A cast of 17 performers from screen and stage gathered for the first time to begin eight weeks of rehearsals for four classic William Shakespeare plays, all to performed in medieval York like never before.
The city’s Shakespeare Rose Theatre will be Europe’s first ever pop-up Shakespearean theatre when it is erected in a car park next to 13th century landmark Clifford’s Tower in time for opening day on June 25.
It will have the 13-sided design of a 16th century Shakespearean theatre and will seat 600 spectators on three tiered balconies around an open-roofed courtyard. There will also be standing room for another 350 people.
Owing to its intimate design, everyone in the audience will be just 15m from the stage.
Running until September 2, four plays will be performed, Romeo and Juliet and Richard III directed by the West End’s renowned Lindsay Posner, Macbeth directed by York Theatre Royal’s artistic director Damian Cruden and A Midsummer Night’s Dream presented by the Theatre’s associate director Juliet Forster.
On the first day of rehearsals, former Coronation Street stars Richard Standing, who hails from Ackworth near Pontefract, and Leandra Ashton, who lives in York, spoke to The Yorkshire Post.
Mr Standing plays Macbeth opposite Ms Ashton as Lady Macbeth. He said: “Lots of actors have tried to make their name in that role and failed because he’s not a hero and not a villain. I’ve been chosen and I trust Damian (the director). It’s really exciting.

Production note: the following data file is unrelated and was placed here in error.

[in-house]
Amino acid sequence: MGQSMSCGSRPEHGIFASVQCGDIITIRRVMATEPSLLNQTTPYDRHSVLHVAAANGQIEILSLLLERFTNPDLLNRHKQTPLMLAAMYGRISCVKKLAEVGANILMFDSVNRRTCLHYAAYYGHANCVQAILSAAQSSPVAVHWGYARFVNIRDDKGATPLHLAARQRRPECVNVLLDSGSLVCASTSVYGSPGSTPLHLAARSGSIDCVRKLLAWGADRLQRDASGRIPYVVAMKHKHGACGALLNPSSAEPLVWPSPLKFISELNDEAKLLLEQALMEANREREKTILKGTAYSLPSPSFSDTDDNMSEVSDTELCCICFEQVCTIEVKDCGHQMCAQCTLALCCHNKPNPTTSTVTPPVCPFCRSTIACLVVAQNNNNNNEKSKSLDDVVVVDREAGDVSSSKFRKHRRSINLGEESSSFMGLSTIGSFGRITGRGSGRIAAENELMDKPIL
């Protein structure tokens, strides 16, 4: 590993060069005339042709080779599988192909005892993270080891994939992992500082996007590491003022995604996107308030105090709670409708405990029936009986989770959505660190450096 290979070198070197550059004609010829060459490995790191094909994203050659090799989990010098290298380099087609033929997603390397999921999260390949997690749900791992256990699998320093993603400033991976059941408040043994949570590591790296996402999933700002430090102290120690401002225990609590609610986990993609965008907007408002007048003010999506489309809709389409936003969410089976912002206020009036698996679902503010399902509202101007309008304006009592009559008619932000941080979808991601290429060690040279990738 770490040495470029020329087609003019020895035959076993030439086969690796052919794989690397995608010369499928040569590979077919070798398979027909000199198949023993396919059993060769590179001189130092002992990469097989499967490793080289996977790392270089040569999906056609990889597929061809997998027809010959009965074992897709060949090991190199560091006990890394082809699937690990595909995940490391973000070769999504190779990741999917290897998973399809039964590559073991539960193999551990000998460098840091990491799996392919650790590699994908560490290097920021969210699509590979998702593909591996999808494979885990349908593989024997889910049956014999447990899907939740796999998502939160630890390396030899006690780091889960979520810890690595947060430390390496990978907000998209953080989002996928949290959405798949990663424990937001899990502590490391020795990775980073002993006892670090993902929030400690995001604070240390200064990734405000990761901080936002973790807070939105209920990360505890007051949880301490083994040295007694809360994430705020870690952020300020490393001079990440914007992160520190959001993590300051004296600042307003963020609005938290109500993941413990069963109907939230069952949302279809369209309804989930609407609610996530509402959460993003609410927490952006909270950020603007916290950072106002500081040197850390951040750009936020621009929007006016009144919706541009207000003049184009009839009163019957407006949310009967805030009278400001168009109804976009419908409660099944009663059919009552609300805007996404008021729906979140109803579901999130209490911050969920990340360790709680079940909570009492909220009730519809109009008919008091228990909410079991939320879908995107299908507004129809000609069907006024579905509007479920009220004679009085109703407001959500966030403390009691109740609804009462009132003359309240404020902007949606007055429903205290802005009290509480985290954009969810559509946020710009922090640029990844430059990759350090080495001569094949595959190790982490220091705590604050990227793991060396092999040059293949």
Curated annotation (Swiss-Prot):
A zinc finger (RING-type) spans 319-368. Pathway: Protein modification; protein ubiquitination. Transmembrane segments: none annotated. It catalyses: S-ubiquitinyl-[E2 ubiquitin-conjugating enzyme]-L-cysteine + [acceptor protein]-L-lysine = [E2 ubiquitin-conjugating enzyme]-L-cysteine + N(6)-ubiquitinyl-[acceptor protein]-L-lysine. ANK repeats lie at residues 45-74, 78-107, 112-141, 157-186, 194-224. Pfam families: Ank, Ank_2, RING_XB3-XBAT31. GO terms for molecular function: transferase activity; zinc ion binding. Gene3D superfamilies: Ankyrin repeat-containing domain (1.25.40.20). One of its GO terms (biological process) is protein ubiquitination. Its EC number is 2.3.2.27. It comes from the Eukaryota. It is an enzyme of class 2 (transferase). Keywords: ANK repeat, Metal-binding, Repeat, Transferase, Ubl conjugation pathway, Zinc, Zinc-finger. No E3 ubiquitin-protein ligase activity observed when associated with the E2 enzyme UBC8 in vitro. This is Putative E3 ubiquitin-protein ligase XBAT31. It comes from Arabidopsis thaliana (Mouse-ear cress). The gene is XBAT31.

“I’ve done a lot more prep than normal. I was down at the car park this morning doing a couple of bits, just for my own sense of pretentiousness I think. There was a couple of people and a goose, I think we’ll sell better than that!”
Ms Ashton said: “I have always wanted to play Lady Macbeth. It’s ridiculously exciting. I’ve lived here (in York) for five years so having a job that is here is a bit of a dream come true really.”
This week’s rehearsals are for A Midsummer Night’s Dream and director Ms Forster told of her excitement as the actors arrived.
“You get a lovely energy from all these people coming with all their expectations, excitement and creativity together,” she said.
On the rose theatre, she added: “The actors will be a lot more aware of the audience because they are really in the same space.
“That connection and that ability to play off the audience will make it very playful and a really good experience.”